Mad Max: Fury Road has been the subject of much debate on its stance on feminism. This can be debated endlessly and endlessly… Max is something of a hero in this film, but the real issue, the catalyst that initiates the plot, was not aided by a man. On the flip side, you can argue that it seemed exploitative to have 4 out of 5 women characters in this movie wearing barely any clothing at all.
Science fiction has always been a potential place to see progressive politics in action as someone tries to imagine a new future. Will it be a hopeful future, a la Star Trek or will it be something much bleaker? The world of Mad Max has always been a stark one, a barren one, a kill-or-be-killed kind of world where your closest ally might be someone who tried to kill you only moments before, and your greatest enemy is someone who you thought to be capable of such kindness and compassion.
The third sequel in a series that began in in 1979, Mad Max: Fury Road has a lot of anticipation. This is the first movie to come out since 1985’s Beyond Thunderdome, in which the series seemed to veer toward a PG-13 trajectory. While Thunderdome was good fun, it was no Road Warrior, and it’s good to see Fury Road getting back to what made the movies so successful in the first place… back to this bare-knuckled brutality, with blood and sand and legitimate harm that could come from anywhere and happen to any character, no matter how attached to them you’ve gotten.
Fury Road begins similarly to the way The Road Warrior did, with the briefest of re-caps, introducing you to the titular character, the barren, post-apocalyptic world and then, BAM!, it’s off to a start that doesn’t begin to let-up until the very end. I’ve seen Fury Road described as a movie which is one long chase scene, and that’s not far from the truth. It pretty much is, but the movie does know when to dial it back a bit and have quieter moments. Some of the movie’s best moments are a quiet, eerie silence that happens just before a loud bang is going to happen.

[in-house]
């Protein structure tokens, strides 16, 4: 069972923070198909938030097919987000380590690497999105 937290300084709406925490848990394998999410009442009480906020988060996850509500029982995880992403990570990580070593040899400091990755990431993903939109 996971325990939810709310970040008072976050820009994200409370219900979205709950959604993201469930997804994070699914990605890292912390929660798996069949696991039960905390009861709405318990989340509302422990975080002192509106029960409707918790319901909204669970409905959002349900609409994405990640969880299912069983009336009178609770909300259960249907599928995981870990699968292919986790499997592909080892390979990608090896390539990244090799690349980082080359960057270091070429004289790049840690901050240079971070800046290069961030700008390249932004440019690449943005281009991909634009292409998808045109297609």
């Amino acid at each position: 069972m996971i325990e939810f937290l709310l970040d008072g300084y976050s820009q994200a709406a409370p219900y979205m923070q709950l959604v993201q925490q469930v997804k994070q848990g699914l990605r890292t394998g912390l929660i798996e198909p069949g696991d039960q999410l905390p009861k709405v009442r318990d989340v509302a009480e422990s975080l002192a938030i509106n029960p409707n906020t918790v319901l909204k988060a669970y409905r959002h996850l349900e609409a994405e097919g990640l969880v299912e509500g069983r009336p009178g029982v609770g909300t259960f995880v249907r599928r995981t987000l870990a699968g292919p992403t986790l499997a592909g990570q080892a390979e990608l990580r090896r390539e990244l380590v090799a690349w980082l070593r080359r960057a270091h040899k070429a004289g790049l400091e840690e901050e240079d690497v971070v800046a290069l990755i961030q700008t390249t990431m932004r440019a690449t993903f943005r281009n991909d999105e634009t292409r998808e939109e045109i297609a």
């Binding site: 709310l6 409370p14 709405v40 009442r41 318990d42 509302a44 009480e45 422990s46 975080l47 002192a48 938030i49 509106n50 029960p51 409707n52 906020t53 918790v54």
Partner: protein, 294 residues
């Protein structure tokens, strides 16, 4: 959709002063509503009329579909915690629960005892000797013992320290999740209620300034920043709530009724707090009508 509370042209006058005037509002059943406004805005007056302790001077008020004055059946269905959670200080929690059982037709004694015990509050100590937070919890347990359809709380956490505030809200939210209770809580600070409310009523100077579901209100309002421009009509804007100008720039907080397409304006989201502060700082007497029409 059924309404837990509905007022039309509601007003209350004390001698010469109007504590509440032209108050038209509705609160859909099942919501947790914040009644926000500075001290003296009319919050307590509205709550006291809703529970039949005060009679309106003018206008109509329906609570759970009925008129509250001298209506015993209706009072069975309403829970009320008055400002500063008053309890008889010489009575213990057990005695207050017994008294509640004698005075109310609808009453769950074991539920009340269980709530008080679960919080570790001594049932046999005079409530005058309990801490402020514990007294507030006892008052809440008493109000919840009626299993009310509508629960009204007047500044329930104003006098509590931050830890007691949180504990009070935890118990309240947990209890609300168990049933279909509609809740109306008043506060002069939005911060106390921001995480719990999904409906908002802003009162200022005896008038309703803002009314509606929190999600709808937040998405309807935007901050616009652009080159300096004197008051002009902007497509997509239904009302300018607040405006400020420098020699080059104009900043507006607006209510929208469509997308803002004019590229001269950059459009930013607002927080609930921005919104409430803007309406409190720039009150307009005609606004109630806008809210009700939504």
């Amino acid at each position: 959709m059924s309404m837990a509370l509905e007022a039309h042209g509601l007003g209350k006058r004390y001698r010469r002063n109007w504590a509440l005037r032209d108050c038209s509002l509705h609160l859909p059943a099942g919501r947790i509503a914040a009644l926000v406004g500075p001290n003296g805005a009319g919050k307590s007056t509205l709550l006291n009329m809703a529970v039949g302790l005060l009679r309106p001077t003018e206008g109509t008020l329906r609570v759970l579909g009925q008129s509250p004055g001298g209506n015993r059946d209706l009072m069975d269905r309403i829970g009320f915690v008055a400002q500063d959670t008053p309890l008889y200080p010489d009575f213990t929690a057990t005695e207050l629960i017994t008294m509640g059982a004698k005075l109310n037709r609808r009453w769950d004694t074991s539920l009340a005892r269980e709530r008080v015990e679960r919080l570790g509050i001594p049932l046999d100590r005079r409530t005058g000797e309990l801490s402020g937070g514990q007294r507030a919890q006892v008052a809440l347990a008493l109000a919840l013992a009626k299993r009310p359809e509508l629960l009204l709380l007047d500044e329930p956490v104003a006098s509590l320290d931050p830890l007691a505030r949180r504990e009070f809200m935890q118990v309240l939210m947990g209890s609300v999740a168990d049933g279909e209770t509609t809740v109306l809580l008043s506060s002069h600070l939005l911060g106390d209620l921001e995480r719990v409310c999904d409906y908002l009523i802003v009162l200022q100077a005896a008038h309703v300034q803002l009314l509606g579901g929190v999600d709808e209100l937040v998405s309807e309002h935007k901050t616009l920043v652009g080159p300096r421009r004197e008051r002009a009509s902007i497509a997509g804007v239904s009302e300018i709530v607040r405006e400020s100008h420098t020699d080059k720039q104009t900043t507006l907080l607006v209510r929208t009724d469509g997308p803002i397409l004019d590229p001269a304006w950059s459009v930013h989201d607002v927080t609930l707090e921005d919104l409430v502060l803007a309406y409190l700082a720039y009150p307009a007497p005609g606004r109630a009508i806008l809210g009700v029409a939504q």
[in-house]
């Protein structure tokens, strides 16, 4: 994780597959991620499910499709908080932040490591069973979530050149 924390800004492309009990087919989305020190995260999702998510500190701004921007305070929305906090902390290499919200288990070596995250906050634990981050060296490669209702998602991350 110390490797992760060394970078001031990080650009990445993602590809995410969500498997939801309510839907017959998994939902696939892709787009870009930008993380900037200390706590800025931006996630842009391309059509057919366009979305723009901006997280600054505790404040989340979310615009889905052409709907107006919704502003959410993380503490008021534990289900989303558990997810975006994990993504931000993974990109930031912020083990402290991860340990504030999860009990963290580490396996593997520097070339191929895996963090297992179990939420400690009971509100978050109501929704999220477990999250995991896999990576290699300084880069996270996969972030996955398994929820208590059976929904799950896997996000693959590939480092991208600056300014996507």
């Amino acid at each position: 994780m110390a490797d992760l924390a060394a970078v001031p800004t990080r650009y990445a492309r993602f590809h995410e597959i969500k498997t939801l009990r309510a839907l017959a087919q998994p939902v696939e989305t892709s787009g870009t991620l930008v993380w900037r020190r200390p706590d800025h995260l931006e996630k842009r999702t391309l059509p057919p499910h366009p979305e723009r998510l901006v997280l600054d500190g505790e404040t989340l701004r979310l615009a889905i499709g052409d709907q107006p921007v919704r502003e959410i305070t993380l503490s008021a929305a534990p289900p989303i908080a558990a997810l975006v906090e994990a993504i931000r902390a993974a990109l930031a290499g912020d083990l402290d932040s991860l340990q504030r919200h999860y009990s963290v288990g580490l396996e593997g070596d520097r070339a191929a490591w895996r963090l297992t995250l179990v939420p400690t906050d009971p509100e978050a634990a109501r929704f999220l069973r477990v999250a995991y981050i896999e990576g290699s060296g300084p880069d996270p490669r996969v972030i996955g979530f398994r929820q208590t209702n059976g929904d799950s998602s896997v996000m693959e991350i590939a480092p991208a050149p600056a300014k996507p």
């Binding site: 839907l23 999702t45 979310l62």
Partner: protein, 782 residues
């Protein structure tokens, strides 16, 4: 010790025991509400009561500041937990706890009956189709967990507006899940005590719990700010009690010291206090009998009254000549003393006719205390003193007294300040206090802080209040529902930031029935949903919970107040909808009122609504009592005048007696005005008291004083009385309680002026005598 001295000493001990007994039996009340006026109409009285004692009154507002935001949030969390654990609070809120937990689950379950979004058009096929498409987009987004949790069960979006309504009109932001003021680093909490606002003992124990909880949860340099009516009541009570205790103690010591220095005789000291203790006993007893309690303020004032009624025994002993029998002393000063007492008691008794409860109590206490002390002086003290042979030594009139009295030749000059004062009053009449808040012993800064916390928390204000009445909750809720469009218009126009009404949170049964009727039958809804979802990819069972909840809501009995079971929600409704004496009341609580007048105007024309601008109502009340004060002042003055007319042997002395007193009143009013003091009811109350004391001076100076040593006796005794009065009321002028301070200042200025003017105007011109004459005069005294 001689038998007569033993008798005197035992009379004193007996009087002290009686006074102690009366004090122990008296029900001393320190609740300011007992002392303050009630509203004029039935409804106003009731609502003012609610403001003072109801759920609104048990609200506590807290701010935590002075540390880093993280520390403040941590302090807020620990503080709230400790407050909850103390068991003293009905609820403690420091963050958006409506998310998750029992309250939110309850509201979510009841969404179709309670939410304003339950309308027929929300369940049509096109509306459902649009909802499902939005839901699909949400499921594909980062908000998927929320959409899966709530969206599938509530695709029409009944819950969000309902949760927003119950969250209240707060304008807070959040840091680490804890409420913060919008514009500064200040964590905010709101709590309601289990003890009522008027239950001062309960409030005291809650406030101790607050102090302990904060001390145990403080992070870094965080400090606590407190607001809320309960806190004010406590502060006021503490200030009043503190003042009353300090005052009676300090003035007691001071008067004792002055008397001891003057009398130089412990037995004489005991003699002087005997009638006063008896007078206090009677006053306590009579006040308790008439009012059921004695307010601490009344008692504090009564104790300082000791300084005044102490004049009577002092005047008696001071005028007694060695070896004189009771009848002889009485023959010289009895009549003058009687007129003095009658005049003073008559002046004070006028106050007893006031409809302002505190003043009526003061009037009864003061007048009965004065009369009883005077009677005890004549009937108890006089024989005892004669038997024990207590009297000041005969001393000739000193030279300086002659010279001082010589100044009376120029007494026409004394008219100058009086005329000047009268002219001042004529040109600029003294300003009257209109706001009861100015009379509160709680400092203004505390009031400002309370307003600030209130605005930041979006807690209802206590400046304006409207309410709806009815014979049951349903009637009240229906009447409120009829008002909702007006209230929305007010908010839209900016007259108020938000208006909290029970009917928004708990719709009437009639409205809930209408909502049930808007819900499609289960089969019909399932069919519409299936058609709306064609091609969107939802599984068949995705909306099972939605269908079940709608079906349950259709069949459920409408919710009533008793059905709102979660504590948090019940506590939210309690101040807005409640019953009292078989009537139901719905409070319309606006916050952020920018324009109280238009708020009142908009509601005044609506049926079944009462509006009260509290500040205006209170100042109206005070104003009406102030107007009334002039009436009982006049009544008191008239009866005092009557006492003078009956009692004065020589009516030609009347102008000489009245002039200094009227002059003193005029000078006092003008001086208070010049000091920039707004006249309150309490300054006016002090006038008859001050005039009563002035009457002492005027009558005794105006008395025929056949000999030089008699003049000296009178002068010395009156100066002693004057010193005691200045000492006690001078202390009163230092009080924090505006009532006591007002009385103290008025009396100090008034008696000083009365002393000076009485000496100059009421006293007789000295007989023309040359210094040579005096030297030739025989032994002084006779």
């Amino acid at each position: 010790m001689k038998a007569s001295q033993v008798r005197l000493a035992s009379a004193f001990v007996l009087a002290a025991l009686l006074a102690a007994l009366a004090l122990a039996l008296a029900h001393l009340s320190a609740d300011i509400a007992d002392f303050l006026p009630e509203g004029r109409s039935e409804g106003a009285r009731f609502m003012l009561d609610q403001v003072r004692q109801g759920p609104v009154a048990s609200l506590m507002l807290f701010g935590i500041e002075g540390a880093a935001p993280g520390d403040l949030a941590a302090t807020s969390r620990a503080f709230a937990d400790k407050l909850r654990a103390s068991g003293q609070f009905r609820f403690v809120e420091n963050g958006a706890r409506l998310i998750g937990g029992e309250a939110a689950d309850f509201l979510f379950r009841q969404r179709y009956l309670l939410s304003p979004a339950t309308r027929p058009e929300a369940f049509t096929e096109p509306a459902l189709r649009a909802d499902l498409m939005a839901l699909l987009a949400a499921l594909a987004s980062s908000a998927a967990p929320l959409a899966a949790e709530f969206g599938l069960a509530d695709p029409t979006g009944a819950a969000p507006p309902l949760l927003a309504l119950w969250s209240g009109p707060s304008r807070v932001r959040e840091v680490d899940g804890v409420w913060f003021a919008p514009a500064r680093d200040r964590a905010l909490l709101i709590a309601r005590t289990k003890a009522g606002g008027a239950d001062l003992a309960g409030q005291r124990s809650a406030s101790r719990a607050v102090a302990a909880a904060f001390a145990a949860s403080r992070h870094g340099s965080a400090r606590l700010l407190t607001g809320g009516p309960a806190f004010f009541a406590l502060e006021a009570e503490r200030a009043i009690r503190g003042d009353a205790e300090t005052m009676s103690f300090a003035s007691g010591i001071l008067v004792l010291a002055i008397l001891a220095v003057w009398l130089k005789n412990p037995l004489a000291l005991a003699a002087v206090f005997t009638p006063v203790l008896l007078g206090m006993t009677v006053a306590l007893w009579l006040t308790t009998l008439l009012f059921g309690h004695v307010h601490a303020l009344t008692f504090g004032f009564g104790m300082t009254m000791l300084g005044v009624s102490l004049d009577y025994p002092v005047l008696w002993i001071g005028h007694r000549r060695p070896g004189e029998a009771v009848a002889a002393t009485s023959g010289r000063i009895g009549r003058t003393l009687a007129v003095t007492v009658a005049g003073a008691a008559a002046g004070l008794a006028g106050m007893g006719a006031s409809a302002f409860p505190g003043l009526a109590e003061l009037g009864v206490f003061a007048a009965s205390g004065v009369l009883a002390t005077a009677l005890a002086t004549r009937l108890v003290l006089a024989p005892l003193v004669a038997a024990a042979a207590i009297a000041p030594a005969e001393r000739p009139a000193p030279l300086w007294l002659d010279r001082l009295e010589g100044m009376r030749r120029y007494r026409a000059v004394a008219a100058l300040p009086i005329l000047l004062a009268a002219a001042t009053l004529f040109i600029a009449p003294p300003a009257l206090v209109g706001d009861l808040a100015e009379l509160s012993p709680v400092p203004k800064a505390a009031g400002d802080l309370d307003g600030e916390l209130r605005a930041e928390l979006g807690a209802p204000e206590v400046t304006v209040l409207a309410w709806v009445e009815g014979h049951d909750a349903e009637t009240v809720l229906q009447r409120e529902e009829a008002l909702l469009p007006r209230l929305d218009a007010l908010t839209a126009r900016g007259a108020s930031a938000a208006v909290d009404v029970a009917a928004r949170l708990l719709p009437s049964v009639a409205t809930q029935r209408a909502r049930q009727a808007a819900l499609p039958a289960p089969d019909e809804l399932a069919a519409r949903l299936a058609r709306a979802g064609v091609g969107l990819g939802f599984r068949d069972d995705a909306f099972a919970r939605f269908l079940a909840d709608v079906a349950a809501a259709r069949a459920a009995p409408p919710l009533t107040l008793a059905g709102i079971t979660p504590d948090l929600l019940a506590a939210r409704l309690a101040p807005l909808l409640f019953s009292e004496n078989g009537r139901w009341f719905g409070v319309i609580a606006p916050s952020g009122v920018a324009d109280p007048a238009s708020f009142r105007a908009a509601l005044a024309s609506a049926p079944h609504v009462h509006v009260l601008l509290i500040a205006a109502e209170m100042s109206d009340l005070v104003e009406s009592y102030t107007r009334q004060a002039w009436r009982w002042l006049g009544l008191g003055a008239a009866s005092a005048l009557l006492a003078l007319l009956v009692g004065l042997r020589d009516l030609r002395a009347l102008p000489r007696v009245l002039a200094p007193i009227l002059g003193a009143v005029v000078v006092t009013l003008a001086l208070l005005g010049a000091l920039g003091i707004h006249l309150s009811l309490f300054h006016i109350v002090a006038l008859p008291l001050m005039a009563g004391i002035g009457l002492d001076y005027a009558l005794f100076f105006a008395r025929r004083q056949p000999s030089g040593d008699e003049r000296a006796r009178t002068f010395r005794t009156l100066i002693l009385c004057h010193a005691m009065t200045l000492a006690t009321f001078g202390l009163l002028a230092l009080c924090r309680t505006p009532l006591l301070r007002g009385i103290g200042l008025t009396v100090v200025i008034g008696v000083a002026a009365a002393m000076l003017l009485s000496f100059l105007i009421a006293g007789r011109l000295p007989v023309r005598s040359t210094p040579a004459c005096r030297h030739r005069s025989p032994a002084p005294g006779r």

Tom Hardy as the new Max, filling in for a now-racist and now-insane Mel Gibson, lends a great screen presence. Tom Hardy is always enjoyable to watch because he’s a fantastic actor and knows how to convey a lot of emotion—he can show you what he’s trying to conceal and make it obvious that his character is hurt but trying not to say a word about it—without using any dialogue. As Max, though, the director (George Miller, same director of the other three entries), just doesn’t give him that much to do. He’s much more an audience surrogate than anything else. And, given the excitement of the entire movie, it’s not necessarily a bad thing, but I just feel like more could have been done with him, especially given that he’s Tom friggin’ Hardy.
Charlize Theron, as Furiosa, is the film’s real star. She initiates the chase that lasts through the entire film. She’s a rogue driver who’s looking for redemption. She is absolutely fantastic in this role and the movie would have been a complete bore without her.
The more movies spend on effects and the more they divorce themselves reality, the more you miss character-driven movies. And then, every so often, a big-budget spectacle like Mad Max: Fury Road will come alone and show you that good movies are still being churned out by the Hollywood system. Fury Road cares about its characters and it knows that if you want to be thrilled by a story, if you want to be invested in the drama, it has to be all about the characters. Sure, you can show a car explode, but who cares if the person driving it is a cardboard cut-out? Isn’t it much more exciting if you care about the people and you wrench your hands nervously, hoping that they make it out okay?
There are two big stars in this movie: Tom Hardy and Charlize Theron. Nicholas Hoult and Zoë Kravitz lend supporting roles. Fury Road is refreshing in that it isn’t jam-packed to the absolute brim with A-list actors all vying for screen time. Because of its focus to the spectacle and the plot, it contains all of the fun and imagination that the newest Avengers movie should have had.
Also, at the box office, I got free temporary tattoos. It’s a long story, but I ended up seeing the movie alone and the guy working behind the register was like, “Do you want these, or…?” and I was all, “Gimme!”
Fury Road is a movie that’s about something. It’s about finding redemption and it’s about doing what you know to be true and just, no matter the consequences. In such a dire world, is it more important to merely survive or is it more important to do what you can to change the world?